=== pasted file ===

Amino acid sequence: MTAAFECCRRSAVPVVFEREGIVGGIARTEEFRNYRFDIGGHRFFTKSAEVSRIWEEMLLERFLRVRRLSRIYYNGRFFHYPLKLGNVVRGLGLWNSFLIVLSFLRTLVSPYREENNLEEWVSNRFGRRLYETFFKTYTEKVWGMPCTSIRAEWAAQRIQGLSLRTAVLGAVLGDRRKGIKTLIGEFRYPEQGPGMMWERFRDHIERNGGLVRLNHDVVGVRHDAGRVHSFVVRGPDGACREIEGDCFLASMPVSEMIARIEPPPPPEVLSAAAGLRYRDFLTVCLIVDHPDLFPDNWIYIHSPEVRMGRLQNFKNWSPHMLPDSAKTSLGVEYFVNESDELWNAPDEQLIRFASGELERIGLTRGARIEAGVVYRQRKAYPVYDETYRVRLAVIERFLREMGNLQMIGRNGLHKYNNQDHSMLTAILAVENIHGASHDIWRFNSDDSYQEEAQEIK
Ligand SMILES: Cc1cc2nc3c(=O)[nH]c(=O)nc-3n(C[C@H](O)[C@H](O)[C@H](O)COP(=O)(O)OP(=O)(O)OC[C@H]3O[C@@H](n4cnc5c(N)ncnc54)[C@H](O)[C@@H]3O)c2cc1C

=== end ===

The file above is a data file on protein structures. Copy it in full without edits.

Amino acid sequence: MTAAFECCRRSAVPVVFEREGIVGGIARTEEFRNYRFDIGGHRFFTKSAEVSRIWEEMLLERFLRVRRLSRIYYNGRFFHYPLKLGNVVRGLGLWNSFLIVLSFLRTLVSPYREENNLEEWVSNRFGRRLYETFFKTYTEKVWGMPCTSIRAEWAAQRIQGLSLRTAVLGAVLGDRRKGIKTLIGEFRYPEQGPGMMWERFRDHIERNGGLVRLNHDVVGVRHDAGRVHSFVVRGPDGACREIEGDCFLASMPVSEMIARIEPPPPPEVLSAAAGLRYRDFLTVCLIVDHPDLFPDNWIYIHSPEVRMGRLQNFKNWSPHMLPDSAKTSLGVEYFVNESDELWNAPDEQLIRFASGELERIGLTRGARIEAGVVYRQRKAYPVYDETYRVRLAVIERFLREMGNLQMIGRNGLHKYNNQDHSMLTAILAVENIHGASHDIWRFNSDDSYQEEAQEIK
Ligand SMILES: Cc1cc2nc3c(=O)[nH]c(=O)nc-3n(C[C@H](O)[C@H](O)[C@H](O)COP(=O)(O)OP(=O)(O)OC[C@H]3O[C@@H](n4cnc5c(N)ncnc54)[C@H](O)[C@@H]3O)c2cc1C